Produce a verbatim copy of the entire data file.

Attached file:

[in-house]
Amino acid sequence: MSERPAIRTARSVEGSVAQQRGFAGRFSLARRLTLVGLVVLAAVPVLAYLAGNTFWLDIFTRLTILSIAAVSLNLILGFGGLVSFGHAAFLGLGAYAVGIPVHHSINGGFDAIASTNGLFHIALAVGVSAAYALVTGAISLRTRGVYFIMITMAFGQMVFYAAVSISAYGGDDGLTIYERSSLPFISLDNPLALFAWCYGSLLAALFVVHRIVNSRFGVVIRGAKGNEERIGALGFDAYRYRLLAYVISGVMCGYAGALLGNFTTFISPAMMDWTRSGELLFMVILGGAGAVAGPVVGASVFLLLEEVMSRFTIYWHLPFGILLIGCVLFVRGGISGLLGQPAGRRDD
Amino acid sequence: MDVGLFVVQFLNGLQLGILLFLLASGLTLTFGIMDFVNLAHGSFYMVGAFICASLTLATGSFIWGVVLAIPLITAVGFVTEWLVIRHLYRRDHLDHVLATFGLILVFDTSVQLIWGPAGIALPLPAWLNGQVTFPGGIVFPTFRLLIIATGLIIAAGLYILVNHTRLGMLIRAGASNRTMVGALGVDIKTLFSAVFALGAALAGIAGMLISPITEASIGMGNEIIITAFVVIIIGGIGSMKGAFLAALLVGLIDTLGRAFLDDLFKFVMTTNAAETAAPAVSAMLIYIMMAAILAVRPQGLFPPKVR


[in-house]
Amino acid sequence: MSERPAIRTARSVEGSVAQQRGFAGRFSLARRLTLVGLVVLAAVPVLAYLAGNTFWLDIFTRLTILSIAAVSLNLILGFGGLVSFGHAAFLGLGAYAVGIPVHHSINGGFDAIASTNGLFHIALAVGVSAAYALVTGAISLRTRGVYFIMITMAFGQMVFYAAVSISAYGGDDGLTIYERSSLPFISLDNPLALFAWCYGSLLAALFVVHRIVNSRFGVVIRGAKGNEERIGALGFDAYRYRLLAYVISGVMCGYAGALLGNFTTFISPAMMDWTRSGELLFMVILGGAGAVAGPVVGASVFLLLEEVMSRFTIYWHLPFGILLIGCVLFVRGGISGLLGQPAGRRDD
Amino acid sequence: MDVGLFVVQFLNGLQLGILLFLLASGLTLTFGIMDFVNLAHGSFYMVGAFICASLTLATGSFIWGVVLAIPLITAVGFVTEWLVIRHLYRRDHLDHVLATFGLILVFDTSVQLIWGPAGIALPLPAWLNGQVTFPGGIVFPTFRLLIIATGLIIAAGLYILVNHTRLGMLIRAGASNRTMVGALGVDIKTLFSAVFALGAALAGIAGMLISPITEASIGMGNEIIITAFVVIIIGGIGSMKGAFLAALLVGLIDTLGRAFLDDLFKFVMTTNAAETAAPAVSAMLIYIMMAAILAVRPQGLFPPKVR